Member of the Week: Gene Morales

Gene Morales

Lecturer, History

Texas A&M University-San Antonio


Describe your current research. What about it drew your interest?

My current research examines the 1968 HemisFair, a World’s Fair created in San Antonio, Texas, during a pivotal year in U.S. history. My family is what drew me to the project. I had always heard stories about my grandfather working to create one of the buildings in the middle of the fair. The more I started to research the fair site, the more I realized that there was a bigger story to tell that involved civil rights, urban renewal, foreign affairs, and changing political ideology.

What are you currently teaching? How does it relate to your scholarship?

I am currently teaching U.S. and Texas history survey courses. I try to integrate my scholarship by lecturing on segregation and civil rights topics, having students analyze primary sources I found in the archives, and teaching them how to conduct oral histories. My students and I are currently creating a COVID-19 & Texas Winter Storm Oral History Project. I did this in 2021 with my students, and it was amazing. This year I hope to help my students gather more oral histories and preserve some for future generations.

What recent or forthcoming publications are you excited about, either of your own or from other scholars?

I am currently writing an article about the Civil Rights court case Clifton v. Puente (1949). It involves a Mexican American named Abdon Salazar Puente who tried to purchase a house in a white neighborhood in San Antonio. It came up during the Shelley v. Kraemer (1948) Supreme Court case. No one really knows about the Puente case because it gets settled after the Kraemer case in Texas, making it the first to uphold it in any court.

What advice would you give to students, both undergraduate and graduate, who are interested in urban studies/urban history and just starting out their careers?

The advice I would give students interested in urban history is to research your neighborhood, current town, or city. You do not have to venture far sometimes to uncover unique stories dealing with urban history. I tell my students that they have to look around their community and realize that there is a lot of history in these spaces.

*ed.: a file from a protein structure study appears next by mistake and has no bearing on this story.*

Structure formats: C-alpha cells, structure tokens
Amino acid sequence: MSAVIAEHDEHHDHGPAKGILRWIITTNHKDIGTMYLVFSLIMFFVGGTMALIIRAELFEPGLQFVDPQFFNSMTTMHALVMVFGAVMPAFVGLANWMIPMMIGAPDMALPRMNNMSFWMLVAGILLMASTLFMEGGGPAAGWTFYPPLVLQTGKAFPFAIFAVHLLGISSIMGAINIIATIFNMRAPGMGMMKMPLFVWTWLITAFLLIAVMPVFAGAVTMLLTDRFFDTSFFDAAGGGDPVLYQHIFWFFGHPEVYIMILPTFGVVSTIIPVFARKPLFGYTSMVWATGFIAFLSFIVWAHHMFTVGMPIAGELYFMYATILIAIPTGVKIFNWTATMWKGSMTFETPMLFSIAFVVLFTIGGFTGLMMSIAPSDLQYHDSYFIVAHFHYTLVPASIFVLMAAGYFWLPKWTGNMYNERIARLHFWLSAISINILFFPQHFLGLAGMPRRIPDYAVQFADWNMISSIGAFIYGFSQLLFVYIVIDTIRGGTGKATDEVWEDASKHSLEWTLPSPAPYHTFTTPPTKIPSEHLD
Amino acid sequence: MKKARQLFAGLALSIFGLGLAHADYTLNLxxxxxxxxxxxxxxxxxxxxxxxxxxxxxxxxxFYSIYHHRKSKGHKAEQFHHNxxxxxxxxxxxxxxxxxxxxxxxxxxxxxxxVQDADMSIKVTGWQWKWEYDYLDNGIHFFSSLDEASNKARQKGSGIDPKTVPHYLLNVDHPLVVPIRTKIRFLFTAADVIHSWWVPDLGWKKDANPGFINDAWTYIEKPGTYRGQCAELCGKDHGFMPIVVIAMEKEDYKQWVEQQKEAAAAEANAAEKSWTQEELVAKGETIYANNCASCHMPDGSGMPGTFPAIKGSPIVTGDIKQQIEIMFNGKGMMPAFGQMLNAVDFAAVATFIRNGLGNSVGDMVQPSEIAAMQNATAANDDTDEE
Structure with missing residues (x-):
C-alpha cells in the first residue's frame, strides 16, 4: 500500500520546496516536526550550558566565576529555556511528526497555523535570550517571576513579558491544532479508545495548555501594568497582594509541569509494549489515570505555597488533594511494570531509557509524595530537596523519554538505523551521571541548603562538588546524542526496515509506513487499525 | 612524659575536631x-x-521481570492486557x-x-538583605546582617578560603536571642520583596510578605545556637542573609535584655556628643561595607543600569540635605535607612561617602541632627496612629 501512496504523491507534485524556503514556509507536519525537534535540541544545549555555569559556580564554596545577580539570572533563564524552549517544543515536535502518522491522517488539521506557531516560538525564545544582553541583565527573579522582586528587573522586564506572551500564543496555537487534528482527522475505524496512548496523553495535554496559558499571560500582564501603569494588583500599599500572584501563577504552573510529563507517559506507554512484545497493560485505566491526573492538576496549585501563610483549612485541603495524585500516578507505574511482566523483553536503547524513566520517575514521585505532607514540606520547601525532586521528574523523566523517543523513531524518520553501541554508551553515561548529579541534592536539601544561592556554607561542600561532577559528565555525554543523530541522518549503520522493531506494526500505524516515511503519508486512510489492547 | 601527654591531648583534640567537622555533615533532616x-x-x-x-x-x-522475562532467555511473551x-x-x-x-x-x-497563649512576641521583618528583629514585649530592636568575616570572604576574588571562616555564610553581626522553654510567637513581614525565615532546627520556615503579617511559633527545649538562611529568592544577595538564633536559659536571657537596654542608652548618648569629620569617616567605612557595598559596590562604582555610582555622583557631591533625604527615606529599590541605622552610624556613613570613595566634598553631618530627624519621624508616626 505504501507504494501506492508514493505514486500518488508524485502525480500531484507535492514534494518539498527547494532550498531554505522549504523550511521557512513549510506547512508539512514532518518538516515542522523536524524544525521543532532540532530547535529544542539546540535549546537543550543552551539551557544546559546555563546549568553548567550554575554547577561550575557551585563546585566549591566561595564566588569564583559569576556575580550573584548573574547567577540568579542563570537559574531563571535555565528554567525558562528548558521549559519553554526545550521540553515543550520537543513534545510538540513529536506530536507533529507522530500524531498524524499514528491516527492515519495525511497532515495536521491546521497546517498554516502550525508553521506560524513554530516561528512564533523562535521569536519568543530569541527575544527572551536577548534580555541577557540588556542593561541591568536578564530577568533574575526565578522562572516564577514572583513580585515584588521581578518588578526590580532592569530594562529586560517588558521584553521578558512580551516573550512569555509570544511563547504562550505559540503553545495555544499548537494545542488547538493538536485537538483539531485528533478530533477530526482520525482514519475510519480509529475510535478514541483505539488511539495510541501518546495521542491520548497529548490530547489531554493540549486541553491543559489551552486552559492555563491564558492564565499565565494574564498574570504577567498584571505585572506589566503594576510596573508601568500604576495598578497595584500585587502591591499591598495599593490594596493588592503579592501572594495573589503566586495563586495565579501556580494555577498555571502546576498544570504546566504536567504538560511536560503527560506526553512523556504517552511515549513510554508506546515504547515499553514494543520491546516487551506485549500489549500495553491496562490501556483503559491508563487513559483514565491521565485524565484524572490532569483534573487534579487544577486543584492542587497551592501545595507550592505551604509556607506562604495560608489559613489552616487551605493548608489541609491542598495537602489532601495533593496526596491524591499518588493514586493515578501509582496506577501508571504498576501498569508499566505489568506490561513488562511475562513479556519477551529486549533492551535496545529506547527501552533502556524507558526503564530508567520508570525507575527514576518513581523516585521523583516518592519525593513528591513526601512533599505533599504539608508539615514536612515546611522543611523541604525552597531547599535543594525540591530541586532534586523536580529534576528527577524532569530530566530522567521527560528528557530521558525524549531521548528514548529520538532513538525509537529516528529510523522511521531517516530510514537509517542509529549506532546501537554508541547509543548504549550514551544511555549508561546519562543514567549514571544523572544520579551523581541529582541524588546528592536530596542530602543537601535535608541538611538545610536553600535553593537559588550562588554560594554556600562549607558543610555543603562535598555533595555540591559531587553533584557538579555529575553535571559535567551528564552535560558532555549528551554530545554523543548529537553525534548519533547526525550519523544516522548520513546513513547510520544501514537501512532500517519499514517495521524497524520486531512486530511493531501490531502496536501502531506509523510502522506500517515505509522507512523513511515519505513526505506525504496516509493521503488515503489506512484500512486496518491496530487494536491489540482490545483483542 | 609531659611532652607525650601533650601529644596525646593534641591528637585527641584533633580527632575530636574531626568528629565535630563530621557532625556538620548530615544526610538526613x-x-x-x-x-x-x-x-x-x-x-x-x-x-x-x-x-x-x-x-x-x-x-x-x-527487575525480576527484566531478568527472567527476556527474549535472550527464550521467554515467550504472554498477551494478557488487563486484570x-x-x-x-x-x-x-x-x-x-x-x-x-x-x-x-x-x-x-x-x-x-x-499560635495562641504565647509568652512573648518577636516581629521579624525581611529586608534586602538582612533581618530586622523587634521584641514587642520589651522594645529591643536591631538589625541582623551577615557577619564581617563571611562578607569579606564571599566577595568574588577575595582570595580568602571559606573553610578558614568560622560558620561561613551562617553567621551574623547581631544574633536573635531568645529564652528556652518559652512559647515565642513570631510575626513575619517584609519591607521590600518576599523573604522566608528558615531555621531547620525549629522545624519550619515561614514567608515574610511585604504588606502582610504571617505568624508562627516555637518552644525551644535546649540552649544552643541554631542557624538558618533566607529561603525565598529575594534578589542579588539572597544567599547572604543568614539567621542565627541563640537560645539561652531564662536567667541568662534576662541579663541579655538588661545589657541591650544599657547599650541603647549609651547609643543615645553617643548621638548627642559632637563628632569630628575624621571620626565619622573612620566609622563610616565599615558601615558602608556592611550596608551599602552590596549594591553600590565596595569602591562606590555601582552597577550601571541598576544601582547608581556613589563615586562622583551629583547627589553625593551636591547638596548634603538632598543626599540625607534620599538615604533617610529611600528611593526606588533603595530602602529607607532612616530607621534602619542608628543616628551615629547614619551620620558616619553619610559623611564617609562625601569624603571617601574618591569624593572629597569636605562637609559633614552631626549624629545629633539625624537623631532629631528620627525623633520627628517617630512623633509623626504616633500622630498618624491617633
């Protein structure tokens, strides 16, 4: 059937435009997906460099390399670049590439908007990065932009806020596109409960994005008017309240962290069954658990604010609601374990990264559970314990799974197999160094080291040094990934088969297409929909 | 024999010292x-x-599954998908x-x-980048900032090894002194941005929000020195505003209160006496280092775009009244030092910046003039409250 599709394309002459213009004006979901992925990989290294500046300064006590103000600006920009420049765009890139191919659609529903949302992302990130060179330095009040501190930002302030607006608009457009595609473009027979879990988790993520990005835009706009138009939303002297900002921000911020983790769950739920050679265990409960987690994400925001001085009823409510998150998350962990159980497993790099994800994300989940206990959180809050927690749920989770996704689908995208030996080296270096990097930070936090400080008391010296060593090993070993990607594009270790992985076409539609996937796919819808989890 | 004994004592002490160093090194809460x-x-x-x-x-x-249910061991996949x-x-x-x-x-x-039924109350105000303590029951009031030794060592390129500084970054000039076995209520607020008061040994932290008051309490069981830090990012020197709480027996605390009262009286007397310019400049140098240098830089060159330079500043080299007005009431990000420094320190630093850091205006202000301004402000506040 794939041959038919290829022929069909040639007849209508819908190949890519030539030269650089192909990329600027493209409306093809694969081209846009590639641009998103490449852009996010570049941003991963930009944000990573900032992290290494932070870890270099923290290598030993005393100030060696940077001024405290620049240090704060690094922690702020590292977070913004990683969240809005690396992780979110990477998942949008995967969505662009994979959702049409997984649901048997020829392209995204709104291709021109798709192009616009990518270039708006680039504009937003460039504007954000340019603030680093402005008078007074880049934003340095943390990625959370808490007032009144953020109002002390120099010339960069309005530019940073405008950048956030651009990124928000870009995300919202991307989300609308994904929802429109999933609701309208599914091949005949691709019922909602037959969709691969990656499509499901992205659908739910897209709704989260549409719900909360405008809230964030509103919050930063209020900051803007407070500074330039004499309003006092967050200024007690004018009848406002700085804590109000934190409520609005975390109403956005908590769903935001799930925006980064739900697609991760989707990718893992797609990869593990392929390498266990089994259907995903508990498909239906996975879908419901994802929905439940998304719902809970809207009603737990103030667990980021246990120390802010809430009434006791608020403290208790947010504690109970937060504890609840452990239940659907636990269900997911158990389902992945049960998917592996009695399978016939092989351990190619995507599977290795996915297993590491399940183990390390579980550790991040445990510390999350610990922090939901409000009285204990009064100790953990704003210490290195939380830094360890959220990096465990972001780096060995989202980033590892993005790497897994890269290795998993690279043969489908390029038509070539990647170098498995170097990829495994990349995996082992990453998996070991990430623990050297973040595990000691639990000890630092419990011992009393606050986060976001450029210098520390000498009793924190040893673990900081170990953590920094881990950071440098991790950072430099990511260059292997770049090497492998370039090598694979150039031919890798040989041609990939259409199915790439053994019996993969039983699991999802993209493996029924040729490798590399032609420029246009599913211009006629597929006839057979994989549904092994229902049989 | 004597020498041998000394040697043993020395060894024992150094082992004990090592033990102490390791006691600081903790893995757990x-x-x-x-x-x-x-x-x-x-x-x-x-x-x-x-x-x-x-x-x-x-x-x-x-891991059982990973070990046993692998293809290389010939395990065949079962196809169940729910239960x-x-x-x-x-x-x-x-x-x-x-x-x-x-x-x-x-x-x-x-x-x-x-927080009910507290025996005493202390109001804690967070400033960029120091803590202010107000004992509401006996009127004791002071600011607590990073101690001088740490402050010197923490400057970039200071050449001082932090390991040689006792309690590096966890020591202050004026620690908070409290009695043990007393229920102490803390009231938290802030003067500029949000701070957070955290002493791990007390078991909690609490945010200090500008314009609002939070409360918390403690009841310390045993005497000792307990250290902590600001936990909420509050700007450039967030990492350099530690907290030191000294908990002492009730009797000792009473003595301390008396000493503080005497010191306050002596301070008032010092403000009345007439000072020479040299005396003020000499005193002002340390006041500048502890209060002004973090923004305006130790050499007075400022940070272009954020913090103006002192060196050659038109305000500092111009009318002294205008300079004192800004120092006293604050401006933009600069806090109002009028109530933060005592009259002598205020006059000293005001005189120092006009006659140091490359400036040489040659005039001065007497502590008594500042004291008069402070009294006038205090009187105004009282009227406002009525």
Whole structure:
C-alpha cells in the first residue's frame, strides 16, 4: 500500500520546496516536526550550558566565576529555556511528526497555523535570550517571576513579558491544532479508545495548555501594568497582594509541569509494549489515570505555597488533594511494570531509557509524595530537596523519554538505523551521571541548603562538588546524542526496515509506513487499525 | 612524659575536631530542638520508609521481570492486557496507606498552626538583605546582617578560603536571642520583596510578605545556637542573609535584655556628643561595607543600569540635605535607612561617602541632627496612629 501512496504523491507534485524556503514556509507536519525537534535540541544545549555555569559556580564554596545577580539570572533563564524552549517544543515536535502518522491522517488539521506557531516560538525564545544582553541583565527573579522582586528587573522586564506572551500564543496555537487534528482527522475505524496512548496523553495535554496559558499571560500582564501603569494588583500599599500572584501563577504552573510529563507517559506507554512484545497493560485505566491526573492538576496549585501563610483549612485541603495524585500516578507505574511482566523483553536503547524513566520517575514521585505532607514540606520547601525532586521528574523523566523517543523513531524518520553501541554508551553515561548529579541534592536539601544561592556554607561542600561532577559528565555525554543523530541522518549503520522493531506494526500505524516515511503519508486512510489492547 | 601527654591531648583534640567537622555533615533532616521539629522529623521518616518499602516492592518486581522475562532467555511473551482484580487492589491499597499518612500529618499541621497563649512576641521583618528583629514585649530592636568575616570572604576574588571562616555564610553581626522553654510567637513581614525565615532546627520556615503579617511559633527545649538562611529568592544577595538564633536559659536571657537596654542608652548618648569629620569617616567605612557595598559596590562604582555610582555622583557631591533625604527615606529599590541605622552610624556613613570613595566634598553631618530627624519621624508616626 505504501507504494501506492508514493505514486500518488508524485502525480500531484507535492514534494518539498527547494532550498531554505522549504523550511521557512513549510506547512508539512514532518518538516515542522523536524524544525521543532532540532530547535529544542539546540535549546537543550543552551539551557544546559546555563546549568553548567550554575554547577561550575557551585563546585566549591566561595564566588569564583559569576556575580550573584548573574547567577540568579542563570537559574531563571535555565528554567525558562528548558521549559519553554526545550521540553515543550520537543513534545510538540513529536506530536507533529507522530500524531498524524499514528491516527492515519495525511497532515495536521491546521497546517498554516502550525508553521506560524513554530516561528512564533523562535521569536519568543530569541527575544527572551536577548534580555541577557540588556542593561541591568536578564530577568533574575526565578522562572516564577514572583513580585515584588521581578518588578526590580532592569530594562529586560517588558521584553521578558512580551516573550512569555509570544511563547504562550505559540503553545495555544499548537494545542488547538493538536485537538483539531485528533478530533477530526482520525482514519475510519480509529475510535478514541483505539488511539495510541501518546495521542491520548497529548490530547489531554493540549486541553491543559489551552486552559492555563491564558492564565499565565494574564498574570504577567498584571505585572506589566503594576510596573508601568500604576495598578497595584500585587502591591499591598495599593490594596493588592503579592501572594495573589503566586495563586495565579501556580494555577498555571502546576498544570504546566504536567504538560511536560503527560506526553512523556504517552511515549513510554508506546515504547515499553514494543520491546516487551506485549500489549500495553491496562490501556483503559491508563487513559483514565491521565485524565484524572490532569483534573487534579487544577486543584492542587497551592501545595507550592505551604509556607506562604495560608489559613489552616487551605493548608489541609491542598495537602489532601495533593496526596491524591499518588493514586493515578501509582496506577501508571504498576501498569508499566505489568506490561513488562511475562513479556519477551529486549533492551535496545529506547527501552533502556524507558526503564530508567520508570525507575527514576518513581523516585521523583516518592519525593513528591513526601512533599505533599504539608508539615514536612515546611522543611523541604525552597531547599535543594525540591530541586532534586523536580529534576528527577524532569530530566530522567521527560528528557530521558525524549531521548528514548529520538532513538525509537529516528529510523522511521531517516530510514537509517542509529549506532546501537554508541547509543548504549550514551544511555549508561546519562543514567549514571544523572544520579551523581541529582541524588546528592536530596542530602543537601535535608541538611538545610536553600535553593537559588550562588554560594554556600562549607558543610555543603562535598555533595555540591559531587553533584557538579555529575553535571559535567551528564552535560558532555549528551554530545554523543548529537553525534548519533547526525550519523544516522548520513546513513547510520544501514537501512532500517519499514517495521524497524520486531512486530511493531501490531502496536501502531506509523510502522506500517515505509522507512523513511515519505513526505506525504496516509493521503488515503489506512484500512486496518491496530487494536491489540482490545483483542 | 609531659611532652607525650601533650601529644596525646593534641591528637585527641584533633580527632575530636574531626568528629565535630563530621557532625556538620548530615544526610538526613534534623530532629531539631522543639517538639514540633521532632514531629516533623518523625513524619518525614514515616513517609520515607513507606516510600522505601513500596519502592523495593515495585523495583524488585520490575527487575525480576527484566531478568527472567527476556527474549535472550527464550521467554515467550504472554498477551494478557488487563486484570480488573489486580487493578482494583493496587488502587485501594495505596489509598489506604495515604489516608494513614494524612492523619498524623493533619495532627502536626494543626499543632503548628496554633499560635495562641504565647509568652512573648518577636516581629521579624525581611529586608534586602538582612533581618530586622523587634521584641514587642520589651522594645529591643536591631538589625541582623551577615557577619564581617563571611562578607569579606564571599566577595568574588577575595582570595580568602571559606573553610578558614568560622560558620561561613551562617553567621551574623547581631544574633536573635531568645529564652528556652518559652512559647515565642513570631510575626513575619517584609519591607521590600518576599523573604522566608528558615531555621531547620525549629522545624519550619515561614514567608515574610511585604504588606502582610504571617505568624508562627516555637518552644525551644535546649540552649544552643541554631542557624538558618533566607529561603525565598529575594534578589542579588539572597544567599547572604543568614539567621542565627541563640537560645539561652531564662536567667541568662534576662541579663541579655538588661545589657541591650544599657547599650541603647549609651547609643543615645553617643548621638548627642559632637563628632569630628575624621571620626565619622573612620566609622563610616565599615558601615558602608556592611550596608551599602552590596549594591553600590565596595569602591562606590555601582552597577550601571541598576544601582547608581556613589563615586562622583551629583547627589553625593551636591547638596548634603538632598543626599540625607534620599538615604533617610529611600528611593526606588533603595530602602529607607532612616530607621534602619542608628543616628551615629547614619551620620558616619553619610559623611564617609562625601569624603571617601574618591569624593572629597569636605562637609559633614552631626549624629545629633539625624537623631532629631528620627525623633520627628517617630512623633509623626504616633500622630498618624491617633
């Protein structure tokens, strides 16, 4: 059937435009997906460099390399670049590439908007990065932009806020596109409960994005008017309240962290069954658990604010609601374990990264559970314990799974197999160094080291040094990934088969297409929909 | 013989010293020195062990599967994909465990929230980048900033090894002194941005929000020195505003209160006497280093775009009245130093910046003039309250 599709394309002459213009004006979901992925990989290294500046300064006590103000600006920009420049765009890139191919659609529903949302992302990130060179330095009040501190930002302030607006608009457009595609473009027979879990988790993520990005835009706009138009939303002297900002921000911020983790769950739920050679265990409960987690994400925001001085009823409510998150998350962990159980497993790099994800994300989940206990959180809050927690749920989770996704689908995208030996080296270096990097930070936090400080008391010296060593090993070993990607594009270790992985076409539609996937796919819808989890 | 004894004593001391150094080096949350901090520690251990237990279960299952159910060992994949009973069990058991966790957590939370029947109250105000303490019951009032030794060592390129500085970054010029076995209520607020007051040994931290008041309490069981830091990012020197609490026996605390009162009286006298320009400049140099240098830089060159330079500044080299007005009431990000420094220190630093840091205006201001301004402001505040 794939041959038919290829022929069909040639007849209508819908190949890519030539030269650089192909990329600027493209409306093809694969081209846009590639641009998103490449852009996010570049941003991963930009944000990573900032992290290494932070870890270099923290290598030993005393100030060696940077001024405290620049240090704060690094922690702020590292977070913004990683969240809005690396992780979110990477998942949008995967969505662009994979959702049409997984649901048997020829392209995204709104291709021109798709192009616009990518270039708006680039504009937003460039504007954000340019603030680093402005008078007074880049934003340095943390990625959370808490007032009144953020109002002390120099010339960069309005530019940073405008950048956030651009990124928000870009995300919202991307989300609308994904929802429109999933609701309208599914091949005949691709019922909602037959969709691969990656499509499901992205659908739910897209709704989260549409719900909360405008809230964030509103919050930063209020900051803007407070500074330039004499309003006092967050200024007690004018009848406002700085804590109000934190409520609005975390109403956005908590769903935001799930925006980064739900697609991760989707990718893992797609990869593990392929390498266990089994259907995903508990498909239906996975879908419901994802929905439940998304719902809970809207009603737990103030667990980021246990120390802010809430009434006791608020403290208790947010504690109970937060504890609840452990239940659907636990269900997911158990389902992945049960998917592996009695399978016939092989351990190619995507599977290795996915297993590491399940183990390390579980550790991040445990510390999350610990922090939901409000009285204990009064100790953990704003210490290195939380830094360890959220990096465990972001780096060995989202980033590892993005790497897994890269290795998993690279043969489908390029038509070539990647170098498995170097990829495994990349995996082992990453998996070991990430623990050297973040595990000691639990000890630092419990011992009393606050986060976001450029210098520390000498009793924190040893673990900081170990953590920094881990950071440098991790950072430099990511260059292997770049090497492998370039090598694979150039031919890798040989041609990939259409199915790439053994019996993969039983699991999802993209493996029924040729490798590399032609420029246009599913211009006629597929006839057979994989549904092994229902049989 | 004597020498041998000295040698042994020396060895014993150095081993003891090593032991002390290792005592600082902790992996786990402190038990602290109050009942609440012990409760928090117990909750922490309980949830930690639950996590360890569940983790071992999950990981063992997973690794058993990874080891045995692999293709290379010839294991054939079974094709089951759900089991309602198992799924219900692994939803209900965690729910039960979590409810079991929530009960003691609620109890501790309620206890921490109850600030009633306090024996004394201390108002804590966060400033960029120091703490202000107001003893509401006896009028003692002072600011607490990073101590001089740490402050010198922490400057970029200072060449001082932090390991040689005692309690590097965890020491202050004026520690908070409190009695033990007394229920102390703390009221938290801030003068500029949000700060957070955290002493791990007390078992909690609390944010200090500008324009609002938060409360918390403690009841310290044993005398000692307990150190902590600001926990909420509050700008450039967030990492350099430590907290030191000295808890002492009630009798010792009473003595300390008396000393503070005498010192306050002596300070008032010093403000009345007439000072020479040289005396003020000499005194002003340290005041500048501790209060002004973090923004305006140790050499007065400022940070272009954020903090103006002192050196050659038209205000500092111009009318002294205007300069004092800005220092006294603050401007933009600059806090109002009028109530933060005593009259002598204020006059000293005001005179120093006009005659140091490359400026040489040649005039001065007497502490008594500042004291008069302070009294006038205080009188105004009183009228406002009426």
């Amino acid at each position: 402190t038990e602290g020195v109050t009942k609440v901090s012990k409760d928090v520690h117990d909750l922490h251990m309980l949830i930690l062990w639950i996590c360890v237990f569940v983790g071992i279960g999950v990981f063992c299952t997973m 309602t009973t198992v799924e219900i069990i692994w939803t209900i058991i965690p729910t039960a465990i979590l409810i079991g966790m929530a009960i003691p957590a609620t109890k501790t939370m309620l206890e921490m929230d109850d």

How has your own connection to an urban space—the Southside of San Antonio—shaped your scholarship and approach to urban history/urban studies?

I appreciate coming from the Southside of San Antonio; it’s where my journey outside of the academy started. I grew up in a very large and low-income family. My mom worked part-time for the city of San Antonio, and my dad worked at Kelly Air Force Base, located between the Southside and Westside of San Antonio next to Lackland Air Force Base, where they do basic training for the Air Force.

On most weekends, my brothers and I worked side contractor jobs with my dad to make extra money for our family. We typically did jobs like cement foundations, roofing, plumbing, and insulation from sunup to sundown until it was finished. It was nice, but I realized that these jobs allowed us to live and work, especially in the early 1990s when military bases were closing, and my dad was laid-off. When we did not work, we traveled across the city to visit relatives; I could then see the city and compare my community to my families on the Westside and Northside. The Southside gave me a unique perspective on life and something I bring to my research.  

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